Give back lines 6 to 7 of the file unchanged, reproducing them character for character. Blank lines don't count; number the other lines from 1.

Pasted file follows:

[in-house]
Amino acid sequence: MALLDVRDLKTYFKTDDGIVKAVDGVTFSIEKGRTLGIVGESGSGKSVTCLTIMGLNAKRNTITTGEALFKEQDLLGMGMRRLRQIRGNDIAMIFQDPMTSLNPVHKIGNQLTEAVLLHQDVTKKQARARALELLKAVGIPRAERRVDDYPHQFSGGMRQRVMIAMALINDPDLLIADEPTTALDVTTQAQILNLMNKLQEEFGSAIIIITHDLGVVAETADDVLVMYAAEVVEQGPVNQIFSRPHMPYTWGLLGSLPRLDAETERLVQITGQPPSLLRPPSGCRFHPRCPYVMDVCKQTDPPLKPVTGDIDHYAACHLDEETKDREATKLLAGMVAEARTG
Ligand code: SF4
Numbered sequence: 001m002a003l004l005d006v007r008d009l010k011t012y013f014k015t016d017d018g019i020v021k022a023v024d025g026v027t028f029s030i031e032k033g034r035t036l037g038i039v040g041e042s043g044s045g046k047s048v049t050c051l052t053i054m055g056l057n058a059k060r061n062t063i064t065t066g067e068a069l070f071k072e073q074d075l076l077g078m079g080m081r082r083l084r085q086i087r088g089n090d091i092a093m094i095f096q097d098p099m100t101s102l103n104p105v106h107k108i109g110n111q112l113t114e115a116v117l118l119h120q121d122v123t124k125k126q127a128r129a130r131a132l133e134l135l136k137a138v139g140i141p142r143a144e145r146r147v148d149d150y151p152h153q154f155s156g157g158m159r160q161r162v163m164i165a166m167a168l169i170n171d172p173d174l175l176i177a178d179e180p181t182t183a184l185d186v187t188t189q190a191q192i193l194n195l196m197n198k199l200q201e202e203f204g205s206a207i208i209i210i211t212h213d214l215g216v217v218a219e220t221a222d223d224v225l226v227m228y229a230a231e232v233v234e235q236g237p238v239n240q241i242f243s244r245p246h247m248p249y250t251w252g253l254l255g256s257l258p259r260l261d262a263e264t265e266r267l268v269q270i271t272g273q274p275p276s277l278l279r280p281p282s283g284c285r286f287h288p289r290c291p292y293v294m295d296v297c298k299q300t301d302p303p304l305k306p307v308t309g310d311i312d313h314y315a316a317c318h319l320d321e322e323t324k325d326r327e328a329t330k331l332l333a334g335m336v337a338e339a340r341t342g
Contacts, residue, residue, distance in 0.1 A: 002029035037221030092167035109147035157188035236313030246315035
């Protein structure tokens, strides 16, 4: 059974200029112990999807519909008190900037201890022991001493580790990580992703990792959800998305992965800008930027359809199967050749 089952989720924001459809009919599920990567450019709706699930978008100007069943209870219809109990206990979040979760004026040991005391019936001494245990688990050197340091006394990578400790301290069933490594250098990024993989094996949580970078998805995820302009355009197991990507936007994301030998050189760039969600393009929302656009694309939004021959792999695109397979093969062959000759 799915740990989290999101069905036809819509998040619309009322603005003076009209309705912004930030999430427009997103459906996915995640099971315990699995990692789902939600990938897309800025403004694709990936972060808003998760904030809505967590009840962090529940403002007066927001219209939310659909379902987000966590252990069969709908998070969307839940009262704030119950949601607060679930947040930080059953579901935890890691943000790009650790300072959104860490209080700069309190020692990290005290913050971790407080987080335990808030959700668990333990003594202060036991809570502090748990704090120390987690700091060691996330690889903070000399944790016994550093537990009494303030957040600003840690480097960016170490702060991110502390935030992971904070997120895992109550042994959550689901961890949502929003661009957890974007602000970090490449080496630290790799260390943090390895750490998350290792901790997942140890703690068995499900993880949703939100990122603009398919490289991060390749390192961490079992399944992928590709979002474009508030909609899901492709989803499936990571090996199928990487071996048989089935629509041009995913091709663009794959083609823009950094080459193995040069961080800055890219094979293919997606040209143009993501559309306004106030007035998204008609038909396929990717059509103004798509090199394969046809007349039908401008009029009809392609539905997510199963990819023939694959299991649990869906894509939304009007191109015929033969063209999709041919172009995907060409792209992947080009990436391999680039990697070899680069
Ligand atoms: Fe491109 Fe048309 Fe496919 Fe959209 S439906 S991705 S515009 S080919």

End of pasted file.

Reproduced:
């Protein structure tokens, strides 16, 4: 059974200029112990999807519909008190900037201890022991001493580790990580992703990792959800998305992965800008930027359809199967050749 089952989720924001459809009919599920990567450019709706699930978008100007069943209870219809109990206990979040979760004026040991005391019936001494245990688990050197340091006394990578400790301290069933490594250098990024993989094996949580970078998805995820302009355009197991990507936007994301030998050189760039969600393009929302656009694309939004021959792999695109397979093969062959000759 799915740990989290999101069905036809819509998040619309009322603005003076009209309705912004930030999430427009997103459906996915995640099971315990699995990692789902939600990938897309800025403004694709990936972060808003998760904030809505967590009840962090529940403002007066927001219209939310659909379902987000966590252990069969709908998070969307839940009262704030119950949601607060679930947040930080059953579901935890890691943000790009650790300072959104860490209080700069309190020692990290005290913050971790407080987080335990808030959700668990333990003594202060036991809570502090748990704090120390987690700091060691996330690889903070000399944790016994550093537990009494303030957040600003840690480097960016170490702060991110502390935030992971904070997120895992109550042994959550689901961890949502929003661009957890974007602000970090490449080496630290790799260390943090390895750490998350290792901790997942140890703690068995499900993880949703939100990122603009398919490289991060390749390192961490079992399944992928590709979002474009508030909609899901492709989803499936990571090996199928990487071996048989089935629509041009995913091709663009794959083609823009950094080459193995040069961080800055890219094979293919997606040209143009993501559309306004106030007035998204008609038909396929990717059509103004798509090199394969046809007349039908401008009029009809392609539905997510199963990819023939694959299991649990869906894509939304009007191109015929033969063209999709041919172009995907060409792209992947080009990436391999680039990697070899680069
Ligand atoms: Fe491109 Fe048309 Fe496919 Fe959209 S439906 S991705 S515009 S080919």